Archive for April, 2018

James Muller has long been one of our most exciting jazz guitarists. His fluidity, ideas and just plain swing has dazzled in every recording he has ever made.

So it is surprising to see him express his discomfort with the recording studio environment  – “I hate playing through headphones!!!” – in the notes to his new release on 54 Records, Live at Wizard Tone. Equally, it is gratifying to see him (and hear him) in a zone that allows him the freedom for the “adventure and abandon” he seeks in his music.

muller wzard2Recorded before a live audience at the Adelaide studio over two sessions, Live at Wizard Tone has Muller playing up a storm with the equally driven ensemble of Sam Anning on bass, drummer Ben Vanderwal and – serendipitously in Adeliade from NYC over the Summer – altoist Will Vinson.

The tunes selected for the recording balance out Art and Fun, with Fun maybe winning out. ‘Scrapple From The Apple’ literally grins in your face with its energy, all players digging in up to their elbows, pulling out their their bop chops and having some truly Big Fun.

Opener ‘Evidence’ has the band modelling solos and rhythm section around Monk‘s angular melody with all its stops and starts, whilst the implied swing roils way beneath. Check the rhythm section here, and on the closer ‘The Song Is You’ – their conception of swing and what you can do with it is quite something. muller wizrd1

The three Muller originals hold up fine too – mid-tempo Latin ballad ‘Dalby at Dusk’ is evocative tone-poetry with not-obvious changes which altoist Vinson seems to relish in his piquant solo. (Vinson is a knockout here and everywhere else I have heard him lately – a truly original alto saxophone voice with his swoops and surprising invallic leaps flavouring his solos, and making them jump out of the mix).

Muller’s ‘Assignment 1’ has a pastoral, elegiac quality that belies its minimalist title. The guitarist’s taste and restraint in his solo here shows the breadth of his playing. His tone across the entire album is immaculate: rich yet biting when it needs to be, with piano-like chords or brittle percussive comping. The minimal comping and lack of piano lends all of the performances an open, contrapuntal transparency that lend it an astringent economy, letting the music breath organically. Exciting stuff.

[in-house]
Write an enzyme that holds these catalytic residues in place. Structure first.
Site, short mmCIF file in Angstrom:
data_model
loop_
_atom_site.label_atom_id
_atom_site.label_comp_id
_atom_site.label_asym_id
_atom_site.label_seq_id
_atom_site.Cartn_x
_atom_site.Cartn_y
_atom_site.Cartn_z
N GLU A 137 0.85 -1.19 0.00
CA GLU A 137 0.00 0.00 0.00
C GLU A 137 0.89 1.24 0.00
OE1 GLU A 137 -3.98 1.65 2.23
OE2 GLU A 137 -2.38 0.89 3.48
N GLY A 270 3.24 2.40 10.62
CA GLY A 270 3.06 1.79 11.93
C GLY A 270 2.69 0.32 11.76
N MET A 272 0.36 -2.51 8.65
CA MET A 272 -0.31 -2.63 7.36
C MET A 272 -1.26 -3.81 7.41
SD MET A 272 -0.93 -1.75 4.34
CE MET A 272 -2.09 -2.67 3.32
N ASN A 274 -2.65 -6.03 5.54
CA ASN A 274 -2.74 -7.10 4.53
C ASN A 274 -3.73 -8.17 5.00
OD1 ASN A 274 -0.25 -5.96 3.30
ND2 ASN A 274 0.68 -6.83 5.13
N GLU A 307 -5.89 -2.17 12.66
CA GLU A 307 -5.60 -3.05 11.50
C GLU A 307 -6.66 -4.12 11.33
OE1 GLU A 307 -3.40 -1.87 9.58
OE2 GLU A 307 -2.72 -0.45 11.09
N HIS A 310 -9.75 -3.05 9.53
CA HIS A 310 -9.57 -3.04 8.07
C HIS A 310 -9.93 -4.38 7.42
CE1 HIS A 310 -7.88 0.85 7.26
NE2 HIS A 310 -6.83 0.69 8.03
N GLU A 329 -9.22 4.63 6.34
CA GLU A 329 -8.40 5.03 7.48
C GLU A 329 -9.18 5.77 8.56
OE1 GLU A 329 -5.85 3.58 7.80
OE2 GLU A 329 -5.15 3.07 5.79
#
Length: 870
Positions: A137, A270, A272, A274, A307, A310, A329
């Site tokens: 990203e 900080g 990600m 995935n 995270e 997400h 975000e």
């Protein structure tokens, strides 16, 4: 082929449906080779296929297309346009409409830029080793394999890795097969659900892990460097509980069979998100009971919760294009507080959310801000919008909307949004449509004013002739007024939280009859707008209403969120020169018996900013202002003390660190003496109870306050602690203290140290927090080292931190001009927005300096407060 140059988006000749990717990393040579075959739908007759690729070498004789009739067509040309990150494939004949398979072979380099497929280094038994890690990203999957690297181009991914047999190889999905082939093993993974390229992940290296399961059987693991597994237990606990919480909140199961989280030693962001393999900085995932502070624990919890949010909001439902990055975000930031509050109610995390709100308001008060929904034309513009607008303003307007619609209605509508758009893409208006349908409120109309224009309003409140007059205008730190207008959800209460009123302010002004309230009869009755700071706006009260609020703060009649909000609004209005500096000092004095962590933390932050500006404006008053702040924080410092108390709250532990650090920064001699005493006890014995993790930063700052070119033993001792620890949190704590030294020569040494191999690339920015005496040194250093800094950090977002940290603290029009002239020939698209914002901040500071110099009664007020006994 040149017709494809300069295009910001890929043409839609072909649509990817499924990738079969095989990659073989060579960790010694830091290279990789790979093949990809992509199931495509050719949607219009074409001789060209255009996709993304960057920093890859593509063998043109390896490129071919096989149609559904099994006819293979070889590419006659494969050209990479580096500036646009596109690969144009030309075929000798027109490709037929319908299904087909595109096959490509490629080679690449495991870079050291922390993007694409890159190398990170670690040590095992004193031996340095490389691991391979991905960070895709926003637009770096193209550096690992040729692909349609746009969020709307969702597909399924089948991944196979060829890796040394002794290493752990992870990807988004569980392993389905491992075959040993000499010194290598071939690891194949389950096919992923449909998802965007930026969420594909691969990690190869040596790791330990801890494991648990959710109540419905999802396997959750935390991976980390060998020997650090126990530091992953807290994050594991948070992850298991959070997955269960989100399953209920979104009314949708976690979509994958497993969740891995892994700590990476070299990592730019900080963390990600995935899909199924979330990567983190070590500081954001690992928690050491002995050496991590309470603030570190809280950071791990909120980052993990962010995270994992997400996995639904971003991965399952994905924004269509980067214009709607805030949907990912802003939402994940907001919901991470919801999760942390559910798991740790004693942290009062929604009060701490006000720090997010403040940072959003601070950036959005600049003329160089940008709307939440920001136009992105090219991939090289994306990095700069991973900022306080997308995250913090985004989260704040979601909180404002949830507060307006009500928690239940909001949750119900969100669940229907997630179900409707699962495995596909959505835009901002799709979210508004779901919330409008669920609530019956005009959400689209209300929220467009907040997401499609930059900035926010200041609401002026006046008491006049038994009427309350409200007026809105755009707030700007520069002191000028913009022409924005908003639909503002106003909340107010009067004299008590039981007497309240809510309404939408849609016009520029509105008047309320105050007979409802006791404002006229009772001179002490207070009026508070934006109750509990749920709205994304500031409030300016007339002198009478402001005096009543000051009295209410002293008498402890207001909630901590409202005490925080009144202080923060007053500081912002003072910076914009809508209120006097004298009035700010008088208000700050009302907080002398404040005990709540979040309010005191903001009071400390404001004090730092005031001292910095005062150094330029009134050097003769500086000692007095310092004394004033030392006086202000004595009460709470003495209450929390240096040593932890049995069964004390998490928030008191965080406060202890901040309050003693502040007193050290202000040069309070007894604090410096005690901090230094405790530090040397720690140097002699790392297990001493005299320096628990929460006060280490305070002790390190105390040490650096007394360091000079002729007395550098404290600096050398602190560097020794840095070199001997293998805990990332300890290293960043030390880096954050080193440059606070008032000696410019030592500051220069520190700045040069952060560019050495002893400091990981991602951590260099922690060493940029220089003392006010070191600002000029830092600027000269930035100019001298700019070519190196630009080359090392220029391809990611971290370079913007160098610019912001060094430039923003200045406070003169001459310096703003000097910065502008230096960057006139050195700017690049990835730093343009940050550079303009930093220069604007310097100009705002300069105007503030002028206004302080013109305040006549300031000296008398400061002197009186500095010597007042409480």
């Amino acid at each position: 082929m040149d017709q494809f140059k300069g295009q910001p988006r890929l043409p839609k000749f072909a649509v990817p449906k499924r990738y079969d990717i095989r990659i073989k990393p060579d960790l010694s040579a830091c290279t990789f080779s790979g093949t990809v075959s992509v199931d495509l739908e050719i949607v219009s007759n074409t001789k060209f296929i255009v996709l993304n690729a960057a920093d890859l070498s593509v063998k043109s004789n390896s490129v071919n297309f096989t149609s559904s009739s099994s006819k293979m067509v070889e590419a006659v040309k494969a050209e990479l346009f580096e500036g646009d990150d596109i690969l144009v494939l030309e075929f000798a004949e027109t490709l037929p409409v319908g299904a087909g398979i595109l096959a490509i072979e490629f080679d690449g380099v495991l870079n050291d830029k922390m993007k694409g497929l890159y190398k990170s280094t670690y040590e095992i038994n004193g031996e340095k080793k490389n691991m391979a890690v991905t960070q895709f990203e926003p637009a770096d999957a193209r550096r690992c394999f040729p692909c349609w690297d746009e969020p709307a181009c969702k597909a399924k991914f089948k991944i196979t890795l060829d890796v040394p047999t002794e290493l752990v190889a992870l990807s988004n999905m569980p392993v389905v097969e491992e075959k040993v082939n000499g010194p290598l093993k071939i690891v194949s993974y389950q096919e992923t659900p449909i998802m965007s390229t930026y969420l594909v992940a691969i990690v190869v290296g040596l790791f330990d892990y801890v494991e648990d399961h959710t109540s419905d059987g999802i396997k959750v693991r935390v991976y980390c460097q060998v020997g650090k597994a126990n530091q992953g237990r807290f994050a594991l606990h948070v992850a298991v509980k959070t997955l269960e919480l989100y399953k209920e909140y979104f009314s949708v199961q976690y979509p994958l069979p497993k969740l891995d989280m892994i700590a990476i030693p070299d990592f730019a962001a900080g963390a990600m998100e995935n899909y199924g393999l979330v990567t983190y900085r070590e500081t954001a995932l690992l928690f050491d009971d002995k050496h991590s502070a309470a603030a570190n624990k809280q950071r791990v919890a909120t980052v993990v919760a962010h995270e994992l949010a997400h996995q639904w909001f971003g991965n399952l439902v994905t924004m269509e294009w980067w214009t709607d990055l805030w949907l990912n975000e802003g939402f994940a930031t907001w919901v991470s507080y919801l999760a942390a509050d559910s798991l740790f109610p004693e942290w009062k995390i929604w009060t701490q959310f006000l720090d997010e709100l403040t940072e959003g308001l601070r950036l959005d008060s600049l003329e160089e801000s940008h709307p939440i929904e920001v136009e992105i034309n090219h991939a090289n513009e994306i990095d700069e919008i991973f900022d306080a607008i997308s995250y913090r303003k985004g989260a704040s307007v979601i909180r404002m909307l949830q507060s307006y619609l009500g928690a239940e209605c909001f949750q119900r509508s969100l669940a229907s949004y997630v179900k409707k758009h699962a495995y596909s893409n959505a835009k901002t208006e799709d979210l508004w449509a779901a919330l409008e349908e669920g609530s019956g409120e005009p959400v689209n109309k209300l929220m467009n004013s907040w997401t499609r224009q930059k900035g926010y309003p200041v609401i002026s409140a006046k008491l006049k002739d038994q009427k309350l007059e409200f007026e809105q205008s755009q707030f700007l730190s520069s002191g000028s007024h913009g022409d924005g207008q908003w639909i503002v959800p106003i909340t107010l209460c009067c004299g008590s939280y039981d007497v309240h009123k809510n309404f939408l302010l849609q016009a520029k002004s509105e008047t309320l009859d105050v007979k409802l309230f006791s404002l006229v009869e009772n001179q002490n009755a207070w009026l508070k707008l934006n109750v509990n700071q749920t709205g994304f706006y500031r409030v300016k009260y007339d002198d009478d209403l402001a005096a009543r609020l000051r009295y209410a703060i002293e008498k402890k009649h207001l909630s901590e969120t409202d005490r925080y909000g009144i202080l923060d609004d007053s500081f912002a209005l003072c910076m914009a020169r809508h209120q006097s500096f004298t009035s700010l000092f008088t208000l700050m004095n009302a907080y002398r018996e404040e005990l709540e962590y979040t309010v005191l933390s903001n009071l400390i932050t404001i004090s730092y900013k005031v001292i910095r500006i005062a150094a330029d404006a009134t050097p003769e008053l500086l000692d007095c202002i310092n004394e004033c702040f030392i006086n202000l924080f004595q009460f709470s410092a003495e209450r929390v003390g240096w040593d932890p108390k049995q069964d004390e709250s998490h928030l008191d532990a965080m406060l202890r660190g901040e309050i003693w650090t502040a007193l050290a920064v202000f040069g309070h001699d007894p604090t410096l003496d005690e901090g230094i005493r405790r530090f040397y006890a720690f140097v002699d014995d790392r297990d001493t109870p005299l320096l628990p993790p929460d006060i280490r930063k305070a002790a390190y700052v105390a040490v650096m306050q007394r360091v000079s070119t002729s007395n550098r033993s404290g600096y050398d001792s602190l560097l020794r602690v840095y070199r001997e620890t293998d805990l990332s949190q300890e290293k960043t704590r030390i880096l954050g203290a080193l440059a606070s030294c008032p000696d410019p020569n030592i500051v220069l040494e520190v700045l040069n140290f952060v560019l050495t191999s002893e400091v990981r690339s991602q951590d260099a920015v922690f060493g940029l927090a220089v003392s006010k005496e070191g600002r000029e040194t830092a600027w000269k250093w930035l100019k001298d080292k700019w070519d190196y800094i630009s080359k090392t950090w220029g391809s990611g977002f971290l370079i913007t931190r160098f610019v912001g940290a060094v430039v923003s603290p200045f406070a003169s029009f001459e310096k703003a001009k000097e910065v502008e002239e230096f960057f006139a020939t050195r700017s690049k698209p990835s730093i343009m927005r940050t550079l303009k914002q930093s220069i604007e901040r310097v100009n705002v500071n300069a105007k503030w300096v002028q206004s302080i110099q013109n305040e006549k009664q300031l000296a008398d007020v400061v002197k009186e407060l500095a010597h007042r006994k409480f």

I have said before that all true jazz should be regarded as being recorded live. Sadly, this is too rarely the case, with much recorded jazz sounding sealed off and boxed in. An album such as Live at Wizard Tone is a breath of wild wind – jazz as it should be: in Muller’s words, a music of  “adventure and abandon”.

Live at Wizard Tone is available at

I initially thought local label, Art As Catharsis was named so as yet another piece of post-post-modern irony. But having listened to many of their releases, I know now it is not – the music is entirely cathartically moving, innovative and beautiful.

No exception is the label’s recent release of Paul Derricott‘s Coast. Named for the band Derricott has put together for this project, ‘Coast’ refers to the meeting of shore and sea – as he puts it: “(the) Sydney coastline, the thin line between bobbing up and down our heads above the water and the unrelenting energy of the ocean that surrounds…”.

Derricott Coast2And the ocean metaphor is all over this music. Derricott has always been one of our most surprising drummers, technically exciting while at ease in any improvisational situation, creating effortlessly and colourfully. The Coast ensemble could not have been better chosen to bring his vision to life – Shannon Stitt on keys, guitarist Peter Koopman and Michael Avgenicos on sax.

No having a dedicated bass player – Stitt contributes bass on the keys –  lends the music an original flow. It pushes the arrangements into places where new funk can flower, or the push-pull of rhythm section becomes more tense. Of course, Stitt’s facility could have him easily emulating a bass player, but that would entirely miss the point, and confuse the trajectory of this music.